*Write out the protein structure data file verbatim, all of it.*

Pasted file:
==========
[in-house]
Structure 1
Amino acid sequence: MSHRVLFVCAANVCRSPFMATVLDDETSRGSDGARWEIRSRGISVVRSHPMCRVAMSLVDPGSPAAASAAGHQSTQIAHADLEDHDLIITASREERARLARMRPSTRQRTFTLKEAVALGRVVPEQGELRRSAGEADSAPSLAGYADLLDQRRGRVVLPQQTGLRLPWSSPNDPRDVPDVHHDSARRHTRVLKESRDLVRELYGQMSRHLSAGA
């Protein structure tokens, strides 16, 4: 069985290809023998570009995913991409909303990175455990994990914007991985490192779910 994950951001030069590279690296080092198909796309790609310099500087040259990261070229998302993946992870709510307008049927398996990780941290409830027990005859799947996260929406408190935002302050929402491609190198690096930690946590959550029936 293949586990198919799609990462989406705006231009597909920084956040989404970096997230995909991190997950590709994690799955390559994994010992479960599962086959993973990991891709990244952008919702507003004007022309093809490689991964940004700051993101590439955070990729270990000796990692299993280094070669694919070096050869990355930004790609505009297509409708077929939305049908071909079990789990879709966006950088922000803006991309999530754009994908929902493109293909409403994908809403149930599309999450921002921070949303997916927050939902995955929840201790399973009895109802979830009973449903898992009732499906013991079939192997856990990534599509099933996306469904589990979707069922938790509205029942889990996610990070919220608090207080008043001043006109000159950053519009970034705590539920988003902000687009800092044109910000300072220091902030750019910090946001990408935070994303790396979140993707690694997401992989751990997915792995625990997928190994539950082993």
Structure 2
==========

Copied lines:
[in-house]
Structure 1
Amino acid sequence: MSHRVLFVCAANVCRSPFMATVLDDETSRGSDGARWEIRSRGISVVRSHPMCRVAMSLVDPGSPAAASAAGHQSTQIAHADLEDHDLIITASREERARLARMRPSTRQRTFTLKEAVALGRVVPEQGELRRSAGEADSAPSLAGYADLLDQRRGRVVLPQQTGLRLPWSSPNDPRDVPDVHHDSARRHTRVLKESRDLVRELYGQMSRHLSAGA
């Protein structure tokens, strides 16, 4: 069985290809023998570009995913991409909303990175455990994990914007991985490192779910 994950951001030069590279690296080092198909796309790609310099500087040259990261070229998302993946992870709510307008049927398996990780941290409830027990005859799947996260929406408190935002302050929402491609190198690096930690946590959550029936 293949586990198919799609990462989406705006231009597909920084956040989404970096997230995909991190997950590709994690799955390559994994010992479960599962086959993973990991891709990244952008919702507003004007022309093809490689991964940004700051993101590439955070990729270990000796990692299993280094070669694919070096050869990355930004790609505009297509409708077929939305049908071909079990789990879709966006950088922000803006991309999530754009994908929902493109293909409403994908809403149930599309999450921002921070949303997916927050939902995955929840201790399973009895109802979830009973449903898992009732499906013991079939192997856990990534599509099933996306469904589990979707069922938790509205029942889990996610990070919220608090207080008043001043006109000159950053519009970034705590539920988003902000687009800092044109910000300072220091902030750019910090946001990408935070994303790396979140993707690694997401992989751990997915792995625990997928190994539950082993």
Structure 2